Museum of Contemporary Art, gift of Loti Smorgon AO and Victor Smorgon AC, 1995
reflective material, wood
H 110.5 W 111.5 D 2cm
Tiger Tiger is one of Gascoigne’s renowned and dramatic works made from reflective road signs that flash and flare when they catch the light. Within these works, the clear directional language of the signs are fragmented, the letters are scattered and their meaning incomprehensible. The real meaning of the work lies in experience of the found, weathered and reconfigured material and the play of light upon it.
Although the letters across the surface of Tiger Tiger do not cohere, language is central to its layered play of meaning. Gascoigne’s early training was in literature rather than the visual arts, and language infuses her work. Her assemblages are frequently referred to as visual poetry and share with modern poetry the construction techniques of fragmentation, repetition and juxtaposition. She often commented that her collaged use of text in works forms a sort of ‘stammering concrete poetry’. (1)
Gascoigne’s titles are always significant and she named this work after English poet William Blake’s 1794 rumination on the beauty and horror of nature, The Tyger. She frequently referred to Tiger Tiger subsequently in order to demonstrate how a title would come to her in contemplation, following the completion of a work. If the visual effects of Gascoigne’s works are open-ended and experiential, the titles reflect the formal qualities that are evocative, personal and precise – providing a point of entry into the work without being prescriptive. Just as Blake’s description of the animal begins, ‘Tyger tiger burning bright’, Gascoigne’s title points to the bold yellow and black colouring and its bright reflection. Similarly, the repetition in the title Tiger Tiger mirrors the two square panels of the diptych and the regular grid evokes the ordered patternation of the animal’s pelt, like Blake’s ‘fearful symmetry’.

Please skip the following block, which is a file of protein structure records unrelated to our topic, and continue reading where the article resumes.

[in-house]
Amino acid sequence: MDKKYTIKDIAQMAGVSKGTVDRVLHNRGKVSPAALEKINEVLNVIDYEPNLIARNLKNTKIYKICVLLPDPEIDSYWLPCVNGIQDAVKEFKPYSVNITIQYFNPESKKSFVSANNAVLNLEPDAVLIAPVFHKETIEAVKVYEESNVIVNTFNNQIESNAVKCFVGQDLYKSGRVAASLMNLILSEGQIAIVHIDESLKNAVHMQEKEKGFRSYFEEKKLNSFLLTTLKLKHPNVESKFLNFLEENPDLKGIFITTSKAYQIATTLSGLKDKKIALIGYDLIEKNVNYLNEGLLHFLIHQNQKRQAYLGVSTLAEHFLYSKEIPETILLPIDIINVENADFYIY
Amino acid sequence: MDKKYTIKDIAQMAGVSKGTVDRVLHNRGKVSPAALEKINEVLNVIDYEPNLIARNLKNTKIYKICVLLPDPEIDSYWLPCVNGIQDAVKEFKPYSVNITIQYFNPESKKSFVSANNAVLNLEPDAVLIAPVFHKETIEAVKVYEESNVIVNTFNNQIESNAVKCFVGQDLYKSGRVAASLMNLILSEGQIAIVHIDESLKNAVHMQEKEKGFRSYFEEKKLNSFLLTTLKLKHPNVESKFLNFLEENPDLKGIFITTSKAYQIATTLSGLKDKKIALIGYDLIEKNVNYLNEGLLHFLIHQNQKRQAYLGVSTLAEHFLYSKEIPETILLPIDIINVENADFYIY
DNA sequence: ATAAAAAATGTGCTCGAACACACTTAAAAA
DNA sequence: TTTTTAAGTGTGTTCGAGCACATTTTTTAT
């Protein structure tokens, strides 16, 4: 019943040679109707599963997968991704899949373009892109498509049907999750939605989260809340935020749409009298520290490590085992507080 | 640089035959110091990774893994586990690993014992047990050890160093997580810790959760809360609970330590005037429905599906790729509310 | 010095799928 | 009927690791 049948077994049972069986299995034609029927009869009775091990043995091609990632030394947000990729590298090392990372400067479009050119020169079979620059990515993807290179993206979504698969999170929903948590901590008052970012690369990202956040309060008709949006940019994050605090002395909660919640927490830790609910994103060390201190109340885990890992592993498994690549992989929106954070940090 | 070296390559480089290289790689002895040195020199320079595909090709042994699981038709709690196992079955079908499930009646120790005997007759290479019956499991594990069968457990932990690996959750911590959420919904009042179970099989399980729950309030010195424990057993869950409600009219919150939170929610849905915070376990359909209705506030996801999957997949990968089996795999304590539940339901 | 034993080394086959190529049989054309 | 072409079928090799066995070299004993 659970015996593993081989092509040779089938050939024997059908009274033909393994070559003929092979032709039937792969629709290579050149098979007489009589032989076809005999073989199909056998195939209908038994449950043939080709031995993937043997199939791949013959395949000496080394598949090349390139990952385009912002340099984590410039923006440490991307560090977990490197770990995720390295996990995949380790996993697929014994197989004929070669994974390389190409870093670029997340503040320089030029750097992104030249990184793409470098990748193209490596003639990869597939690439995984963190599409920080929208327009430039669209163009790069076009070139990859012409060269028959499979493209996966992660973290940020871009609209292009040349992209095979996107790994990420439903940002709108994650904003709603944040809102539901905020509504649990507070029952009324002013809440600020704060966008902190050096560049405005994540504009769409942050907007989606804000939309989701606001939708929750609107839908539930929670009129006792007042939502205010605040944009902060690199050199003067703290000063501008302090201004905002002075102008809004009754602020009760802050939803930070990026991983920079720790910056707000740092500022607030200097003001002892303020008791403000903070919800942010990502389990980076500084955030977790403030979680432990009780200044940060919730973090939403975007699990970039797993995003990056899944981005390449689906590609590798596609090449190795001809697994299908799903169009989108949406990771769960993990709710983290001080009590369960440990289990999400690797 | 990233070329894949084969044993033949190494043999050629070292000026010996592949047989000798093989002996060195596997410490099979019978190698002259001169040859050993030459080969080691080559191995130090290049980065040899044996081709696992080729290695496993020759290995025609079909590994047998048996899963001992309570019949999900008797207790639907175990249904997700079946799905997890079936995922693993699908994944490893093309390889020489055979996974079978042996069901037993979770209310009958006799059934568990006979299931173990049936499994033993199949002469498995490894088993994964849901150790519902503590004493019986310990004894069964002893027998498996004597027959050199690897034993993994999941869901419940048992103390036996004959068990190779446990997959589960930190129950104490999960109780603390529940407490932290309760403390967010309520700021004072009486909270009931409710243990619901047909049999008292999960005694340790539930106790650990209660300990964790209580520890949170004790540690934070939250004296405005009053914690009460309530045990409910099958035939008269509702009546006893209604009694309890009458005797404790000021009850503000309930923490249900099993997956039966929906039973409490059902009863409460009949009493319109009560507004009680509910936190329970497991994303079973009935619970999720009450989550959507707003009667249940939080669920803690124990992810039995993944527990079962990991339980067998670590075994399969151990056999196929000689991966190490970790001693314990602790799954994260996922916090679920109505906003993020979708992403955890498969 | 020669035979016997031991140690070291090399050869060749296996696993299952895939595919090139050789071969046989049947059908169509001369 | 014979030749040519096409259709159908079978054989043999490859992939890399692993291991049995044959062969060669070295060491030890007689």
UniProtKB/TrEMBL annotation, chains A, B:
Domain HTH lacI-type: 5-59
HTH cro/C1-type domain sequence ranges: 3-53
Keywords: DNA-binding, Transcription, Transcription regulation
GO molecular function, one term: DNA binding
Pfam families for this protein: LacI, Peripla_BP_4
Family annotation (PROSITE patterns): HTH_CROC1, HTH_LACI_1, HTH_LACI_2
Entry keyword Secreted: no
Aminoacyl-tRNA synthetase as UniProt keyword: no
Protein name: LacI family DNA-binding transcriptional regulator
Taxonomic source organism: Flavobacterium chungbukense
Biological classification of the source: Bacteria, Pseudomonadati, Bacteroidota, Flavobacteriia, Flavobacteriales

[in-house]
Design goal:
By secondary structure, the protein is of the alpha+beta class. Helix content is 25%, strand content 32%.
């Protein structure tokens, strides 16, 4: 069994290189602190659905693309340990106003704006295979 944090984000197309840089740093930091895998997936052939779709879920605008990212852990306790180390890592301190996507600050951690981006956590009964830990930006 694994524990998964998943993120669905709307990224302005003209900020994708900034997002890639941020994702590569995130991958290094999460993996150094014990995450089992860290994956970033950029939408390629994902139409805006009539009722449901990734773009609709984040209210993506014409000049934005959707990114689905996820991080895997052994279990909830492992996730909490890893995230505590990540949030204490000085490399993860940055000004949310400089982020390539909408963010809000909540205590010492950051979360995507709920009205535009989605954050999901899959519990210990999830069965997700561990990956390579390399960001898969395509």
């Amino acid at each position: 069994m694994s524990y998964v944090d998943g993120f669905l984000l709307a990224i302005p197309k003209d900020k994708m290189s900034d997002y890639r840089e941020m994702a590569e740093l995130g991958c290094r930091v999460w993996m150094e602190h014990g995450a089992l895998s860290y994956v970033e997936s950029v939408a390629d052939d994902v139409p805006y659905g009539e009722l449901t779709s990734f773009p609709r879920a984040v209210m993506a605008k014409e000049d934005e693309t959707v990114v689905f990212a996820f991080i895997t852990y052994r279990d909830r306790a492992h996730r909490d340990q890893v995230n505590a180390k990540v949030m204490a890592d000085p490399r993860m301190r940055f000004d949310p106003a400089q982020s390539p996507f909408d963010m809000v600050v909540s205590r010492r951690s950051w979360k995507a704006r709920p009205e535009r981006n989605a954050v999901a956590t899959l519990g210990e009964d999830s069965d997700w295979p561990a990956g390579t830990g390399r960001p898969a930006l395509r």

It is this interplay between the texts of Romantic poem and road signage, like the flash of light across the surface of the work, that captivates our attention, thrills the senses and serves to expand and sharpen our perception of the natural world.
… like, when I was doing Tiger Tiger, the recent work. I do them in the studio and then bring them inside and I just like to watch them, when they’re not watching me, and vice versa … and it was there, standing up against the table, and I went past it and just said ‘Tiger Tiger’, and I just knew that was its name, you see, and it was … it was the squareness, and the yellow flashing tiger crouching in the grass with grass all over its face, a sort of threat … as roadsigns are, and, to me, it was the right name. And as far as those things go, the fact of the retro-reflector, I’ve always liked the glint to be brought out. I don’t want it to be dramatically lit, but I do want it to sometimes flash at you, as road signs do, and then go sullen, then flash, like a living thing …
I don’t want it to be dramatically lit, but I do want it to sometimes flash at you, as road signs do, and then go sullen, then flash, like a living thing
Rosalie Gascoigne, 1988